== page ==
Can the water crisis get Middle Eastern countries to cooperate? A new report for the Swiss and Swedish governments argues that Turkey, Iraq, Syria, Lebanon, Jordan, Palestine and Israel will have little choice but work together to solve their impending water problems. Meanwhile, Jordan plans to battle its water scarcity with seawater greenhouses, solar power plants and a slew of other new green technologies.
No such prospects for peace in the U.S. Congress, however, where Republicans proposed a 17 percent budget cut to the Environmental Protection Agency as part of a series of plans that also try to stop EPA from regulating greenhouse gases.
Alberta has brought charges against Norwegian oil company Statoil ASA for contravening parts of its water license and providing false or misleading information regarding water withdrawals at its facility near Conklin, Reuters reports. Meanwhile, China raised its investments in Alberta’s tar sands, one of Canada’s biggest industrial water guzzlers and polluters.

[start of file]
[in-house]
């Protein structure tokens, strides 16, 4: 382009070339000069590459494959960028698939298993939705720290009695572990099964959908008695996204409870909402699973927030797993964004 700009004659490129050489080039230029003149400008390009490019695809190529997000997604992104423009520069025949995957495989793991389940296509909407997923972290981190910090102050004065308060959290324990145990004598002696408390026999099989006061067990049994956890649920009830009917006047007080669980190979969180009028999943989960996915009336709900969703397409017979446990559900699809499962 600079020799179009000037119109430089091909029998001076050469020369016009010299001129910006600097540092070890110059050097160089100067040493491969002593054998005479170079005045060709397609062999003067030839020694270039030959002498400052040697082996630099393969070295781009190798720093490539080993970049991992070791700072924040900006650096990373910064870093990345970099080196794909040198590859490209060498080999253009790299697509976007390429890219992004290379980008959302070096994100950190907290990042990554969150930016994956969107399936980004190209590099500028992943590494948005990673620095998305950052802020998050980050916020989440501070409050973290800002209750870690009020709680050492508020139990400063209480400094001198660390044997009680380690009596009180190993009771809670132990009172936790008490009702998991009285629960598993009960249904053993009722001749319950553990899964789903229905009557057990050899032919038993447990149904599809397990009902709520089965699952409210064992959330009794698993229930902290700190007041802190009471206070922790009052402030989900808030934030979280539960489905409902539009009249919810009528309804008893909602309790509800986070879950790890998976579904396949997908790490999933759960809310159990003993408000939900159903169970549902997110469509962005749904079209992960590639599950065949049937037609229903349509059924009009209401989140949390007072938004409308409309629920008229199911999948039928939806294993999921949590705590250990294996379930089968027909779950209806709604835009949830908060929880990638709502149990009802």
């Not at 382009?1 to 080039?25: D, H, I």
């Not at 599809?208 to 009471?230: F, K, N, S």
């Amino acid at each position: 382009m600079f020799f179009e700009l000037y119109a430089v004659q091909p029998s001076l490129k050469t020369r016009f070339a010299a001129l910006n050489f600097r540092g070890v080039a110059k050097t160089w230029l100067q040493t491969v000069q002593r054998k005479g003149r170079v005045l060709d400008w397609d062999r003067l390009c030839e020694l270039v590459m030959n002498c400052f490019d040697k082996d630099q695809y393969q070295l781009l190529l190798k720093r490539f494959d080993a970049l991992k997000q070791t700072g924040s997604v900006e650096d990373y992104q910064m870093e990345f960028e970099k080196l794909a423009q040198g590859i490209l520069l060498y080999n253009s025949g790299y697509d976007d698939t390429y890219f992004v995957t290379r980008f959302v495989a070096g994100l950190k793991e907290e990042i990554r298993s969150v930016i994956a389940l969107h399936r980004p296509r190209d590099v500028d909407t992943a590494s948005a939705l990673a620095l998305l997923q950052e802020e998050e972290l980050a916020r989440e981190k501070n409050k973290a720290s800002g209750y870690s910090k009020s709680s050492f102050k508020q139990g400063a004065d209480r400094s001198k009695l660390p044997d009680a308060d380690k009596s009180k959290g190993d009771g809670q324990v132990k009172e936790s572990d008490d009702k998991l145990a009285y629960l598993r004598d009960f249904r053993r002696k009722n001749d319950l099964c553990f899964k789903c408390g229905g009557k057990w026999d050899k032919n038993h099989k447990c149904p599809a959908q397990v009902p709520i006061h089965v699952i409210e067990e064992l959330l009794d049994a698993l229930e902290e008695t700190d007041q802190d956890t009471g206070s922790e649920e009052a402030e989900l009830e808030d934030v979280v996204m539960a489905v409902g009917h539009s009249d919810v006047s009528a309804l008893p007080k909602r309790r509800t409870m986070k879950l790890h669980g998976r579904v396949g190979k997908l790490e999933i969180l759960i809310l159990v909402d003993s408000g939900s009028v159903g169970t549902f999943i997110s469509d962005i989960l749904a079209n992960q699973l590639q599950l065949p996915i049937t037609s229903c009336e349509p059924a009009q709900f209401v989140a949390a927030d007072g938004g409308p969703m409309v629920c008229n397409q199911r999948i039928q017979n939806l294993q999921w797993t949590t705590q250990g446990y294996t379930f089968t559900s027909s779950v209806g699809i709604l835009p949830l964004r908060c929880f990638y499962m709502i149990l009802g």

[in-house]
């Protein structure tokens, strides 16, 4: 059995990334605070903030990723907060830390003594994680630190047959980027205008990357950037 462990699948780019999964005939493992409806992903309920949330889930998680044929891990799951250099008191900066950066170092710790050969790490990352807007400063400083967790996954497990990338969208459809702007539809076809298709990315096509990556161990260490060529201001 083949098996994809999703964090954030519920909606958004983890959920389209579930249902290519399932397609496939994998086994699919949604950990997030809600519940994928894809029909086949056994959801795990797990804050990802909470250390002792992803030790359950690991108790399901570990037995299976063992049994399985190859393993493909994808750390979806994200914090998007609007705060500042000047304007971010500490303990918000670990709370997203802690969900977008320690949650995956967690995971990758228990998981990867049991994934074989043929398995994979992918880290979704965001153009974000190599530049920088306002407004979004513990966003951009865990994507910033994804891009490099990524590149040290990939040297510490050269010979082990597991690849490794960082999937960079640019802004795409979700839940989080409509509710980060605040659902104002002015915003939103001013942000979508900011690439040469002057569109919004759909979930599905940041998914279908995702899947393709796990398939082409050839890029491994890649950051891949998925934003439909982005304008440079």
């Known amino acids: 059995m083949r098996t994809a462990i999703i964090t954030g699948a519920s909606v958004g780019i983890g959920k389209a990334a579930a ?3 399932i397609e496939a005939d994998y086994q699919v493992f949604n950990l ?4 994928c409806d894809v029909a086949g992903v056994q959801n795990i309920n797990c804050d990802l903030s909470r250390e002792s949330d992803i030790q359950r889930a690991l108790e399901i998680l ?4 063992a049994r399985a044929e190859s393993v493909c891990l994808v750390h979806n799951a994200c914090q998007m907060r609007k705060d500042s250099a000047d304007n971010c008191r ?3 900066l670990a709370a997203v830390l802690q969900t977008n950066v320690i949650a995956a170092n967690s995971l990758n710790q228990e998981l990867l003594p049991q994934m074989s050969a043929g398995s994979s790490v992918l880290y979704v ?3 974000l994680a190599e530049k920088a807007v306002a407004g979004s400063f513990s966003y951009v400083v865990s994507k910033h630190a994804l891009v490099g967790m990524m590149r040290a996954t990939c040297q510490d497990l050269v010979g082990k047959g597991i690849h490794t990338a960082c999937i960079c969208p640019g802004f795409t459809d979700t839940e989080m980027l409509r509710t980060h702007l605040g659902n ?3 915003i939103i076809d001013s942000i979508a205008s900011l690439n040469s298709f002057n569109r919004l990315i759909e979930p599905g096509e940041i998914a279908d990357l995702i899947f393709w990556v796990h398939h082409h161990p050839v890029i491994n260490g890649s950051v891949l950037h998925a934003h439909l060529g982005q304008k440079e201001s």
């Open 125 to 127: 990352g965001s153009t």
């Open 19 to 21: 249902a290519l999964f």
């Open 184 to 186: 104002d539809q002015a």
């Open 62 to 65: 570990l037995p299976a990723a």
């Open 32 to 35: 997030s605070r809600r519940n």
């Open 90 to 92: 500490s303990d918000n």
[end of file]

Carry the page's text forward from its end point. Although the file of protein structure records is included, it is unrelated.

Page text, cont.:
Snowfall and irrigation are mitigating China’s severe winter drought, according to the Xinhua news agency. Some of the relief comes from cloud seeding, as China prepares to spend $1 billion to battle the dry spell that is crippling eight of its main food-growing regions.
South Asia’s coastal megacities, large stretches of the U.S. Gulf and East Coast, Australia’s iron-ore and northern coal mines, and Asia’s rice-growing river deltas will be among the first to suffer from tropical cyclones that are predicted to grow stronger, as climate change is heating up the world’s oceans and atmosphere, according to climate scientists.